In 1974, the Kingdom signed a joint report with the US, to establish a Saudi-American joint committee for economic cooperation to meet the needs of the country (products and expertise) at a time when Saudi Arabia was witnessing a big increase in growth and development projects.

Motorsport, rock bands, tourists … welcome to the new Saudi Arabia

There was an explosion of joy at the podium when Antonio Felix da Costa lifted the winner’s trophy at the conclusion of the Formula E Saudia Ad Diriyah E-Prix on Saturday. (Photo/Supplied)
Updated 16 December 2018

Motorsport, rock bands, tourists … welcome to the new Saudi Arabia

  • Three-day event at Ad Diriyah reaches spectacular climax in an unprecedented spirit of openness

The driver with the winner’s trophy was Antonio Felix da Costa — but the real winners were Saudi Arabia itself, and more than 1,000 tourists visiting the country for the first time.

Da Costa, the Andretti Motorsport driver, won the Formula E Saudia Ad Diriyah E-Prix in front of thousands of race fans at a custom-built track in the historic district on the outskirts of Riyadh.

But in truth, the event was about much more than high-tech electric cars hurtling round a race track — thrilling though that was. The three-day festival of motorsport, culture and entertainment was Saudi Arabia’s chance to prove that it can put on a show to rival anything in the world, and which only two years ago would have been unthinkable.

The event was also the first to be linked to the Sharek electronic visa system, allowing foreigners other than pilgrims or business visitors to come to Saudi Arabia.

Jason, from the US, is spending a week in the country with his German wife, riding quad bikes in the desert and visiting heritage sites. “I’ve always wanted to come for many, many years ... I’m so happy to be here and that they’re letting us be here,” he said.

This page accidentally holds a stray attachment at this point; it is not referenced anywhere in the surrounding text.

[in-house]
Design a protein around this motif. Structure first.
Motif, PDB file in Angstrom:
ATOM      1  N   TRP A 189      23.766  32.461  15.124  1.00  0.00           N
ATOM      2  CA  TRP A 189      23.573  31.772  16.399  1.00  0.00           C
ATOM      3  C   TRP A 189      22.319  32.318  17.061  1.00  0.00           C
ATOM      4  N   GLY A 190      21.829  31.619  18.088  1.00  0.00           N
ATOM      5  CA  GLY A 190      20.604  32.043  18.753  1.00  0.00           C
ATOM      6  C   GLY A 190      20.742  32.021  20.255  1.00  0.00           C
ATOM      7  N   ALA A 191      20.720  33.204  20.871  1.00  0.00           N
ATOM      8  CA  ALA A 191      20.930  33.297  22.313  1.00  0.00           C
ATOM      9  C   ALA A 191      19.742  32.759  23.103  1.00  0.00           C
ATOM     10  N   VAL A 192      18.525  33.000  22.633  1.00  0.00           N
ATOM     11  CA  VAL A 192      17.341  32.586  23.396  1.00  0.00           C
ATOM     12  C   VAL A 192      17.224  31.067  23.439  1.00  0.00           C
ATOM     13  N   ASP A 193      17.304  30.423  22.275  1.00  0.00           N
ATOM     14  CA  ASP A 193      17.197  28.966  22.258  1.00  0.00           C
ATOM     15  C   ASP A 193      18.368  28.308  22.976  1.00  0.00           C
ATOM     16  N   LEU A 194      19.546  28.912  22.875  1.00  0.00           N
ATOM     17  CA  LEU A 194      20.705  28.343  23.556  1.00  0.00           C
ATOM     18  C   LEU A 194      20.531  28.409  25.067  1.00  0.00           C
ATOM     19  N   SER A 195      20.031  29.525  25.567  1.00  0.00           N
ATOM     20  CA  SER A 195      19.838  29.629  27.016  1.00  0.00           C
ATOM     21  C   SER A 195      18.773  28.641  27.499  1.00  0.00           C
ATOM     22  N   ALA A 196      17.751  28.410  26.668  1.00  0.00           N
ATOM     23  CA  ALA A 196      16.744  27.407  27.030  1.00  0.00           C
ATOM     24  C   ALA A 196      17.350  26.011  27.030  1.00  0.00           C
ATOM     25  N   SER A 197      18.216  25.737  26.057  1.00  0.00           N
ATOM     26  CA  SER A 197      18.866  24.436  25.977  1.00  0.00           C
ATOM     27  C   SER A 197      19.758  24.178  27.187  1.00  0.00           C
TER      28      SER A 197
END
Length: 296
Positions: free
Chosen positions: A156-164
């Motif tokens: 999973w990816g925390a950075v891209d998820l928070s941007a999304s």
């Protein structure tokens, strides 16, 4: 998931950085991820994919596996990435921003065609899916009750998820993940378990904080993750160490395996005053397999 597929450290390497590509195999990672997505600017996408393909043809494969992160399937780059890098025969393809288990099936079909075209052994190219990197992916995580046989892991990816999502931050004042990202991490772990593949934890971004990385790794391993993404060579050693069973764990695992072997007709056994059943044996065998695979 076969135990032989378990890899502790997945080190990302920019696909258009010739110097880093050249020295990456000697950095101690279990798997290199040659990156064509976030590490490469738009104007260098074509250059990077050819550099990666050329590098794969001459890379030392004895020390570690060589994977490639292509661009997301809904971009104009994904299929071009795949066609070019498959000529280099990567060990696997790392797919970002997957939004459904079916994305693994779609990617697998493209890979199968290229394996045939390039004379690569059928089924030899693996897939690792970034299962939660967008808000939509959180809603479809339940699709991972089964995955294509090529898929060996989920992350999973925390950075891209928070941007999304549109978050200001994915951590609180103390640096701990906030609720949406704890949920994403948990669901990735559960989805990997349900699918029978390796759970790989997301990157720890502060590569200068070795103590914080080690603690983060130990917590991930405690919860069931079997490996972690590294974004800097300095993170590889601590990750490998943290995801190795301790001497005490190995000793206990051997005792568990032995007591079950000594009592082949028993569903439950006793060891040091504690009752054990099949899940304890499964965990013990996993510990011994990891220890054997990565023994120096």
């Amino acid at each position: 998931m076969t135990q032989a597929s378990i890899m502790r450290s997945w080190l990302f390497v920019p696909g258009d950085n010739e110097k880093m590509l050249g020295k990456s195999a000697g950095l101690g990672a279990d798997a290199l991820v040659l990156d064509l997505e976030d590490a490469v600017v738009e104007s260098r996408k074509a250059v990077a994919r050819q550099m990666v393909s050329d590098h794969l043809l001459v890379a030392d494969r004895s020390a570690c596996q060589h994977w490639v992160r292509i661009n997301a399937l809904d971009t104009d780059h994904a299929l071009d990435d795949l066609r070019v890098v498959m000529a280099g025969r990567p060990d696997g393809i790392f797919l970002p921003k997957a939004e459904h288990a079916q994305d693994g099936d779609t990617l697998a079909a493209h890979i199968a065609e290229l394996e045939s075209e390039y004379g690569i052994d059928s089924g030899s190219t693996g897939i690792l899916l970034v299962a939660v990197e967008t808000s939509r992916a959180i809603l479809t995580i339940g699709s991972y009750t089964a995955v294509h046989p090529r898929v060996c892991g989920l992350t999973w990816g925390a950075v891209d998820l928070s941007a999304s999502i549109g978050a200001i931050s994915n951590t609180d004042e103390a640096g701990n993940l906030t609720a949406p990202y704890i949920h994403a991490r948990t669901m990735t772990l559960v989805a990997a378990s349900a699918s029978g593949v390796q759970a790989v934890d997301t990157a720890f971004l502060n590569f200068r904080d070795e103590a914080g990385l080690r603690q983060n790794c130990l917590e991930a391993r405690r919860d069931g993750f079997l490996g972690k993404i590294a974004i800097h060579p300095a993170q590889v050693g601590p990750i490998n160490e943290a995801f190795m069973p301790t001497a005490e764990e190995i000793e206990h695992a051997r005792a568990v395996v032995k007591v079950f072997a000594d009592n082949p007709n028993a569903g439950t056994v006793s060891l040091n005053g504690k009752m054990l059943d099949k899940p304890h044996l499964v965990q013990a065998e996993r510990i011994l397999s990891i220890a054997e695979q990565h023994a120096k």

Aaron, 40, a software engineer, traveled from New York for two days. “Saudi Arabia has always been an exotic place ... and I didn’t think I’d ever be able to come here,” he said.

About 1,000 visitors used the Sharek visa, a fraction of what Saudi Arabia aims eventually to attract. 

“Hopefully we will learn from this and see what we need to do for the future, but I can tell you from now that there is a lot of demand,” said Prince Abdul Aziz bin Turki Al-Faisal, vice chairman of the General Sports Authority.

His optimism was backed by Kirill Dmitriev, chief executive of the Russian Direct Investment Fund and a visitor to Ad Diriyah. “Such events will attract tourists and are a true celebration for young Saudis who desire a bright future,” he said.

“The vision of moderate Islam, promoted by Crown Prince Mohammed bin Salman, is important both for the region and the entire world, and its realization needs to be appreciated, respected and supported.”

The event ended on Saturday night with a spectacular show by US band OneRepublic and the superstar DJ David Guetta. “Just when you think things can’t get better, they suddenly do,” said concertgoer Saleh Saud. “This is the new Saudi Arabia, and I can’t wait to see what’s going to happen next.”